Kingdom Hearts is an action RPG developed and published by Square in 2002 for the PlayStation 2. The idea for Kingdom Hearts came about when producer Shinji Hashimoto met with a Disney executive in an elevator; Square and Disney had previously worked in the same building in Japan. The game began development in February 2000 and originally the beta focused more on the gameplay with a simple story to appeal to Disney’s target age range.
After executive producer Hironobu Sakaguchi told director Tetsuya Nomura the game would be a failure if it did not aim for the same level as the Final Fantasy series, Nomura began to develop the story further. Some content that did not make it into Kingdom Hearts was later added into Kingdom Hearts II.
The “Pride Land” from The Lion King, for instance, was infeasible because an additional program was required to process movement on four legs—a necessity since Sora would become a lion in that world. Due to time constraints, the developers left out an optional boss battle, similar to the Sephiroth battle, against Tifa Lockhart. She was later included in Kingdom Hearts II as a more developed character. [Info from Wikipedia]
In a beta trailer from 2001 you can see many differences between the beta build and the final build. Such as Sora roaming around Disney Castle. In the final build, you do not go to Disney Castle, but there is an image of it on the world map, but it is never selectable.
“Actually,” he continues, “the first weapon I showed Disney was a chainsaw. It was this chainsaw-like weapon that I had a rough sketch of when I first showed my concepts to Disney. Everyone got this scrunched-up look on their face and nobody said a word in the entire room. Dead silence. And I thought ‘No, I guess this wouldn’t work, huh?'”
Shadowdorothy also noticed:
In the beta Riku didn’t have his black gloves he does in the final release
Kairi’s skirt is longer in the official release.
The opening monologue by Sora went through a major change, as in the commercial it appears that Sora is having a conversation with someone.
The magic system was changed dramatically, as the magic system sub-menu originally opened on top of the action menu.
The door was also removed, and by “the door” I mean that strange door on Destiny Island that you can’t see until Sora has a flash back that involves Riku and him being kids.
It also appears that Sora, not Kairi, was the one that needed saving, as per some dailouge seen at the end of the com.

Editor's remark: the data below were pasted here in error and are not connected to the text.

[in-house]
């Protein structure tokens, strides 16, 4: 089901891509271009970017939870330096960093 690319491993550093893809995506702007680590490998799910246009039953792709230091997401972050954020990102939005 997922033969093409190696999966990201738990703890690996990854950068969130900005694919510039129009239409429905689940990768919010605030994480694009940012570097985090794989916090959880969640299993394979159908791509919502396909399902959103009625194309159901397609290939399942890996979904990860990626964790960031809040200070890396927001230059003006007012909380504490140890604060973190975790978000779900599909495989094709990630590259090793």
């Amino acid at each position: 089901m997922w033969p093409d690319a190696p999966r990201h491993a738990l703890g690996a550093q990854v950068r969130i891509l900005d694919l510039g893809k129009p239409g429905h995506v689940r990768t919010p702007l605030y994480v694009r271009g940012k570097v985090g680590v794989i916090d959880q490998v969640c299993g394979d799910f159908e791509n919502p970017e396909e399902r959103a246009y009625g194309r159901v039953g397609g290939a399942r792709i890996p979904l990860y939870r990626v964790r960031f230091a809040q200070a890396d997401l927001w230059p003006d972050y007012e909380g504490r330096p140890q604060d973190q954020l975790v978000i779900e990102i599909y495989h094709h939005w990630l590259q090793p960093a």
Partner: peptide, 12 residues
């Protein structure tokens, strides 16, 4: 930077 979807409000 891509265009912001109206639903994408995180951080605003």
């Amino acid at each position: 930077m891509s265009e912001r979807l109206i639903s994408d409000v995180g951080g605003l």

Some more info on the beta can be found on X-Cult!
Thanks a lot to Brad and Shadowdorothy for the contributions!
Lone Wollf is a cancelled First Person RPG in the vein of TES: Oblivion, that was in development by Ksatria Gameworks, a studio from Singapore. The project was meant to be published for the Playstation 3, Xbox 360 and PC, but sadly the studio closed down after the investor failed to secure additional funding.
Lone Wolf was based on the series of adventure books with the same name, created by Joe Dever and initially illustrated (books 1-8) by Gary Chalk. The series began publishing in July 1984 and of the most popular game books ever published, selling more than 10 million copies worldwide. The story focuses on the fictional world of Magnamund, where the forces of good and evil fight for control of this planet in a final showdown. The protagonist is Lone Wolf, last of his caste of warrior monks known as Kai lords.
The player assumes the part of a young cadet who returns to find the the Kai Lords have all been massacred at the Kai monastery by a surprise attack during the feastday of Fehmarn, by the Darklords. You then assume the identity of LoneWolf and set out to the capital to inform the King of the loss of the Kai. This is the start of the adventure, a classic tale of good versus evil.
GlitterBerri has finished translating the Chrono Cross Ultimania interview in which we can read various information about some plans they had during development that they never used in the final game! You can read the full interview onBerriBlue or in the Chrono Compendium.
Around the time we began development we had plans to do a short game where we were thinking you’d be able to recruit lots of allies and enjoy the variations in the messages and events. To top it off, we’d planned to have it so that you could befriend anyone in town. Using both the battle and the talk button, you’d gradually increase your number of allies. But we limited it at the extent you’d expect, first at 64 characters and then in the end it was decreased to 45.
Actually, we’d gone as far as talking about giving each character an ending. Each ending would fork into 3, depending on the conditions, resulting in 120 in all! … When talk turned to who was going to make all of these, the idea soon died out.
There were several events that weren’t disarded, but just couldn’t be put in due to time constraints. We wanted to have events for all the allies. We had a variety of thoughts concerning Zoah, for example.